Figure 2 shows the circuitry of lFig. 1 omitting the pulse selectors 13 and I14, gates 15 and 16, .the x meter 18, the y meter 17 and the utilization circuit 19. The output 'of the summing amplifier 20 is coupled both to the cathode ray tube 1A and a television transmitter 21. .This circuit is` adapted for those cases where only the marker image for superposition is vdesired ora portion 3 or the picture is to be blanked out, as television broadcasting, and no control circuitryI is required. f

The operation of the vinvention is as follows. The sweep generator 4 and the synchronizing generator 3 supply two identical sweeps to the deflection circuits of the cathode ray tube v1 and the ying spot scanner tube 2. The raster thus produced is a conventional television type raster without interlace, the horizontal scan rate being sonic 50G-per second4 and. the.- verticel scanzretefSO pcrfsecond. rests?. is produced-by a 5.0.0 cyclesew.n tooth waveform being applied to the, gc detiectionrplio and a.; 3Q cycle sewtooth. applied'to the. y, deectionrlefe of, the. respective tubes.: "libe, video signal fed. infn?.y 'chev dis: play tube y1 from the amplifier 20 will be displayedonlthe screen. ott-ne tube 1 and will. be scenes tbesignalspot. .22. for.- examplein the raster area 23: as shown in lli-isz 3f. The pointer 5 will be pointed. at. thespot 2.2.t and w' l in e the. marker pattern 6.. to the saine,y relative. posi` on. l1 respectto the flying spot, tube ,2., Eig. 5 shows Vthis relationship where the4 marker patternv 6 contains, the cross; hairs 24vv which are to be transmittedbythe flying spot through the photomultiplier 11, the marker-E amplifier 122.. and the amplifier 20. to appear on, the screeneo ,thegdiss play tuberv 1 as 24a. in Fig.. 4. The center ofy thefcross hairs image 24a is atthe same point, thatv is, the center of spot- 22, at which, the pointer is directed;A Alsoin Fig. 4 are shown the horizontal scanning lines 2.5.. Point 2,7 is the tirst portion off the cross hairs image. 24a which is illuminated by the scanning beam'of the cathode'f ray tube 1. To represents the. zero reference` point when time equals zero. and is the reference forbothvertical and horizontal scanning, thisref erencebeing. supplied by the vvertical and horizontal synchronizing pulsesl The horizontal scan is made much faster.f than-'the vertical scan. Whenever the raster traverses the verticalV cut 'out portion yof,y the markerpattern, 6, a short pulse .is- -pro-i duced, and whenever the raster traverses the. horizontal cut out portion of the pattern 6, a much longer-"pulseis produced. Y p i The output of the yamplifier 12 is the ampli'edf marker signal pulses produced' by the action of the yi'ng spot 2,938,949 n y j the marker vpattern 6 from the origin of the vertical sweep. may be determined. Fig. avshows the combined tube 12 on the photomultiplier 11. These signal' pulses are f ed into the amplifier 20 and combined with the video signal to produce the combinedI video signalj and marker image on the screen of the displaytube; 1f. V'Where/ signal pulse of the horizontal component as a function .of time where Tax is the reference point and the time interval between T0X and spot 27 is represented by the displacement of pulse Tzqx. The vertical component of the position of point 27 is represented in Fig. 6bwhere Tox is lche vertical reference pulse, T27 is the vertical pulse denoting point 27 and the distance between the two pulses is a measure of the elapsed time therebetween. The pulse outputs of thefgates,l 1 5 and 16 can be used in the utilization circuit-1r9 to control the tracking apparatus of the radar system and for fire control and to determine, the instantaneous. coordinate. position of the spot Y .2.2 as inthe x. and senseless. 1.8 and; 19..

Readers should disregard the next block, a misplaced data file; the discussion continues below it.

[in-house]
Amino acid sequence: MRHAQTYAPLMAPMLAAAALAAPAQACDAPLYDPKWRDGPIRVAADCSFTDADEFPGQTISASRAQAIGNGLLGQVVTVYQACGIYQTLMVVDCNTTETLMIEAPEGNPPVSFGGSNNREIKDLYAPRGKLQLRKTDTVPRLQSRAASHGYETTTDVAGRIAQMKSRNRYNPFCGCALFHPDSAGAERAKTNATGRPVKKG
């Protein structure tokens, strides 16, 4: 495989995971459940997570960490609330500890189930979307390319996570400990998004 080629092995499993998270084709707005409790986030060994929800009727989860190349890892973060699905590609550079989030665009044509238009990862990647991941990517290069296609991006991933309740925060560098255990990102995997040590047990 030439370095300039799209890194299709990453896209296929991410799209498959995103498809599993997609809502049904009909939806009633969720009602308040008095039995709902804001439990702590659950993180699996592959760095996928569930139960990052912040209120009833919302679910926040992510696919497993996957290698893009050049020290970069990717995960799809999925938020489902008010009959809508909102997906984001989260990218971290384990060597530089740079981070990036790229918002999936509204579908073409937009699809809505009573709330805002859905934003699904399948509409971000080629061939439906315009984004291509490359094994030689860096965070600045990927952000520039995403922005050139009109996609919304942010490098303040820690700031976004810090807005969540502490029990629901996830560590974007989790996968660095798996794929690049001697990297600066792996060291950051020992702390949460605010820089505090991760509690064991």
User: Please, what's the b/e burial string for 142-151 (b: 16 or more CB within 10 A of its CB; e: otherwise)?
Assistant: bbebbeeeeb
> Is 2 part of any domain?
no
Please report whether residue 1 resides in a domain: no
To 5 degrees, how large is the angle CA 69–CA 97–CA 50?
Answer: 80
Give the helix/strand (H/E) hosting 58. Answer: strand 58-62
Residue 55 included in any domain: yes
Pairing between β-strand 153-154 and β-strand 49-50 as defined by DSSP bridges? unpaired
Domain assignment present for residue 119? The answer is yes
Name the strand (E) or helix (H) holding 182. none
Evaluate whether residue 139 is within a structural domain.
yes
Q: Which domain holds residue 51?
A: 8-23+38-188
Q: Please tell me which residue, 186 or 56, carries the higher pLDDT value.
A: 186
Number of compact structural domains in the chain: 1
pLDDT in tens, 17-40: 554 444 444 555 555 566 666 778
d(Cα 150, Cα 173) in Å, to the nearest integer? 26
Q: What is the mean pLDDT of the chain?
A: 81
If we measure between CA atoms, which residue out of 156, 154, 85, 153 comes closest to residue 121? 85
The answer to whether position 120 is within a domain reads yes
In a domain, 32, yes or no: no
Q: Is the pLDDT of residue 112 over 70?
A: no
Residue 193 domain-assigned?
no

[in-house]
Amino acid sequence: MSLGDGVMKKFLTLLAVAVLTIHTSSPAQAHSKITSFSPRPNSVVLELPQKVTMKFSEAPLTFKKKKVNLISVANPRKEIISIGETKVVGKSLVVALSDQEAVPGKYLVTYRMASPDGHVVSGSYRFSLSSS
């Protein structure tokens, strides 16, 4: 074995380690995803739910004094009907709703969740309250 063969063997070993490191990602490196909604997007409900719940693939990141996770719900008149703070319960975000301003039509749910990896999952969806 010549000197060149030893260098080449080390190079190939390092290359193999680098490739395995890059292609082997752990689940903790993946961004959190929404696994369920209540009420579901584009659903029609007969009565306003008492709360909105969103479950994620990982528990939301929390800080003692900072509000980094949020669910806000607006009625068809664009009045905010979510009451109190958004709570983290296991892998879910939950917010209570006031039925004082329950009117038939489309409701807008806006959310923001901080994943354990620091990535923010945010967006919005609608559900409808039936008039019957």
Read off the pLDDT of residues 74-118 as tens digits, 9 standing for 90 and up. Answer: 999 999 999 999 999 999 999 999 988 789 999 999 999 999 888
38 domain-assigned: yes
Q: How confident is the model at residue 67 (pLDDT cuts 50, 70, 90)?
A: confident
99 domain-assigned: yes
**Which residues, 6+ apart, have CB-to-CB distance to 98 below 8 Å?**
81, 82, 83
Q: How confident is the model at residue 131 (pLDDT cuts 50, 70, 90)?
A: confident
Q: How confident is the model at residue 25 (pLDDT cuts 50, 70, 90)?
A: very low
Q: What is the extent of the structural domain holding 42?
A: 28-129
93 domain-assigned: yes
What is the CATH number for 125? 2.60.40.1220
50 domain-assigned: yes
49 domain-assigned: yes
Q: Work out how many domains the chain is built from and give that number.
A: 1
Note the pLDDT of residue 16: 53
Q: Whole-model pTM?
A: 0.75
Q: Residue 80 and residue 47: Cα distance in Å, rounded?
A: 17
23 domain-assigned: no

we.- have. described-abo .e the -prlnciplesotr-,our invention. in, connection withspfecic.- apparatus, it is to be clearly understood. that. description is made only by way of'example and not as a limitation to the scope of our invention/as set; f ortha in; the: objects thereof and in the accompanying claims.

We claim:

1- yIn combination; a dsplarcatbode ray4 tube, means to apply video signals; to. said. cathode ray tube for dis..- play on the screen thereof, a pointer adaptedto-be moved over the surface of. said. cathode ray tube. with a um thereof pinpointinsiaseiected object in. said display; said pointer beingmovableto followY said object, a markerv` Pattern, means: coupling said. pointer. to said. marker Y pattern, to move said,n'larkerl pattern in unisonwith said pointer. as said pointer follows said,l object, means ass ciated with said marker; pattern tot generate markery sig. nals representative. of the position; of said markerpab. tern, meansv coupling said marker signals to said cathode ray: tube to `display -on the-r screen offsaidY cathode ray tube a marker indication corresponding tothe location of said pointer, the means for generating saidmarker signals, comprising photosensitive means including a ying spotcathode ray tube and a photomultiplier disposedl on' opposite sides of said marker patternto.' produce said markerv signals,'said flying.y spot cathode rayitube further comprising a synchronizing source. and scanning means,